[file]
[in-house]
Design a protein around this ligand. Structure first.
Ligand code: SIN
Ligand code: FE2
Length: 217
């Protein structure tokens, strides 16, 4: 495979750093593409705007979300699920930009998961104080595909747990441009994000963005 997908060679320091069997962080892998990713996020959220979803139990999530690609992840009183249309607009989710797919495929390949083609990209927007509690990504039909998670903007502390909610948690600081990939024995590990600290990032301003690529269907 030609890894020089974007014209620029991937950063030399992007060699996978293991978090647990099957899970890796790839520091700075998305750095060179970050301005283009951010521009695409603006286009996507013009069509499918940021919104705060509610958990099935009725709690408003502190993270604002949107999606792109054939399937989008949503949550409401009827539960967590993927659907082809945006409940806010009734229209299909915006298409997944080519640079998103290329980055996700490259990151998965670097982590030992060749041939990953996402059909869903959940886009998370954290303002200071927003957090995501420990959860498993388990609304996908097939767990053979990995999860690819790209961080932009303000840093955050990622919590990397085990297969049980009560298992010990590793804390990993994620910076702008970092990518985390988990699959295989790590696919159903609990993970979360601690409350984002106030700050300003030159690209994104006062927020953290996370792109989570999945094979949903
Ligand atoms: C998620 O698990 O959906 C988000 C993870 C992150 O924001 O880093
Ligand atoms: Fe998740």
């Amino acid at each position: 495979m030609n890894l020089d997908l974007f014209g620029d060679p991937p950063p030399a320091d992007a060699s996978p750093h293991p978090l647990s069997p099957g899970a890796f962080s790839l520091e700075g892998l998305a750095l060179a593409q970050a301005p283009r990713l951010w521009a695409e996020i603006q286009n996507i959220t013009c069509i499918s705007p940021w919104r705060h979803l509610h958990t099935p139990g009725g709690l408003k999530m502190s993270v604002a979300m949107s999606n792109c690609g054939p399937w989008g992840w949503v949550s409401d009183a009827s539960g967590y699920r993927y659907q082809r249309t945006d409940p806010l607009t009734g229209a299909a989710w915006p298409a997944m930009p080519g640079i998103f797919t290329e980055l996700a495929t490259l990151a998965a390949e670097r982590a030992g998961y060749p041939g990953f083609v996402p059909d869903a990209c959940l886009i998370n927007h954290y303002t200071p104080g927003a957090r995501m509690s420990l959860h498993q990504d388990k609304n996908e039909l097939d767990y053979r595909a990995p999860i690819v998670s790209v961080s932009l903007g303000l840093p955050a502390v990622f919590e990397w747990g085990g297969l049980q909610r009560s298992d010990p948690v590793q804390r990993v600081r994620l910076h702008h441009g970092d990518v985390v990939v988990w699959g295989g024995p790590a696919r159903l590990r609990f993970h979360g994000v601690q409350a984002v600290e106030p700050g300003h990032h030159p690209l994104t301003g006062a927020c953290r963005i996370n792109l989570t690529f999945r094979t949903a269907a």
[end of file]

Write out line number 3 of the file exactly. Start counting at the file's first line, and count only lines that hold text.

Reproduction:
Ligand code: SIN